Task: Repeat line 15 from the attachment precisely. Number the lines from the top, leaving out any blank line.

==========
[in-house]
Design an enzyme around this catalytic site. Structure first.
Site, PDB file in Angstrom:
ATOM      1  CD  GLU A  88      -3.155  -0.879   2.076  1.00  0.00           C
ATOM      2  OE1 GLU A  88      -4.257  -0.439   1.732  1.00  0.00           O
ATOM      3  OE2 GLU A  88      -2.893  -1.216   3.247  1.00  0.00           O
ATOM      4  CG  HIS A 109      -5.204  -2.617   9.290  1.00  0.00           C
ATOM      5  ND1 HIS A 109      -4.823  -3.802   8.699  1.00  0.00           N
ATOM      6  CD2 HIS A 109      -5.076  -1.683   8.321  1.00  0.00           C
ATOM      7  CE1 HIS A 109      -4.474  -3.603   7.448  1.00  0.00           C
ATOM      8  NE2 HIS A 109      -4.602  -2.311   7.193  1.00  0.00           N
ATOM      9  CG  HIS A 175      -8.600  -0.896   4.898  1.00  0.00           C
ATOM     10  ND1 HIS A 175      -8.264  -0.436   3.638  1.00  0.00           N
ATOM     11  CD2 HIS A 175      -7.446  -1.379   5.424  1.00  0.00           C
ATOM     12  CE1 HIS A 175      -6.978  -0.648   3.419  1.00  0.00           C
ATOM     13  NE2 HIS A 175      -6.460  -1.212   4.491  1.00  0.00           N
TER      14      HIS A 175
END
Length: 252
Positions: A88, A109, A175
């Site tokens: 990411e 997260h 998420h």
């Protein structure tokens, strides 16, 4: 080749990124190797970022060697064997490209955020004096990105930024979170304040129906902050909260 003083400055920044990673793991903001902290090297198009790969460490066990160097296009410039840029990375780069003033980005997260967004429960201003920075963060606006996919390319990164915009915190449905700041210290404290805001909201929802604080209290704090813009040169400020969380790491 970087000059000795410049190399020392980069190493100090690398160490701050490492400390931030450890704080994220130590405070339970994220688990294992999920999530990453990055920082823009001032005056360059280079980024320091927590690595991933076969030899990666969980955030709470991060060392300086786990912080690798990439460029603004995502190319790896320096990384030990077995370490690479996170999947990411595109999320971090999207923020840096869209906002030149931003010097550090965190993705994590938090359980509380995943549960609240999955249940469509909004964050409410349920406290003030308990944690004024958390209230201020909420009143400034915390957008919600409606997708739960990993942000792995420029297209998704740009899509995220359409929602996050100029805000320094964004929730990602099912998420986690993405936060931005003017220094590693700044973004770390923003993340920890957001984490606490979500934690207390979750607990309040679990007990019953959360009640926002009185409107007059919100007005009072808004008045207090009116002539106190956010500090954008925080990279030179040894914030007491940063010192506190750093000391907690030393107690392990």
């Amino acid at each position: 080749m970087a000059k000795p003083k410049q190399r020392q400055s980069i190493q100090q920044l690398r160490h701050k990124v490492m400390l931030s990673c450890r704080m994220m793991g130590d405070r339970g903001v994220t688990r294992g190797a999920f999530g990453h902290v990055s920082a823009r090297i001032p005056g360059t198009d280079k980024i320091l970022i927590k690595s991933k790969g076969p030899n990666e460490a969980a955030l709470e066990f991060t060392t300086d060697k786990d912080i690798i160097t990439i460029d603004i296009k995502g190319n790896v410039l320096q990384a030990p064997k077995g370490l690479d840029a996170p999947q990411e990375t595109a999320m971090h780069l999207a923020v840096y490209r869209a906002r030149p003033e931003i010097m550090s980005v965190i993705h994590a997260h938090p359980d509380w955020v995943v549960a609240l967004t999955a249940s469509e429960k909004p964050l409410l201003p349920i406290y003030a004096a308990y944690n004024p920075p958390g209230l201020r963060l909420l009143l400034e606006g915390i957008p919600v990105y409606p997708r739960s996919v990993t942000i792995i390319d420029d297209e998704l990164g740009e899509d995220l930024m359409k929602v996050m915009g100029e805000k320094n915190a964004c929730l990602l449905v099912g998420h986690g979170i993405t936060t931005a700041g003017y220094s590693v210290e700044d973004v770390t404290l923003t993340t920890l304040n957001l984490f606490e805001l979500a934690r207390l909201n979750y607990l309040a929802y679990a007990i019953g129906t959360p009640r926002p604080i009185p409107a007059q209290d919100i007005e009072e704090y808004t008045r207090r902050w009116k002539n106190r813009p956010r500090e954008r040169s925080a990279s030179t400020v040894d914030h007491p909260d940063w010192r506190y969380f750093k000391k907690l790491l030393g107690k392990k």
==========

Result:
ATOM     12  CE1 HIS A 175      -6.978  -0.648   3.419  1.00  0.00           C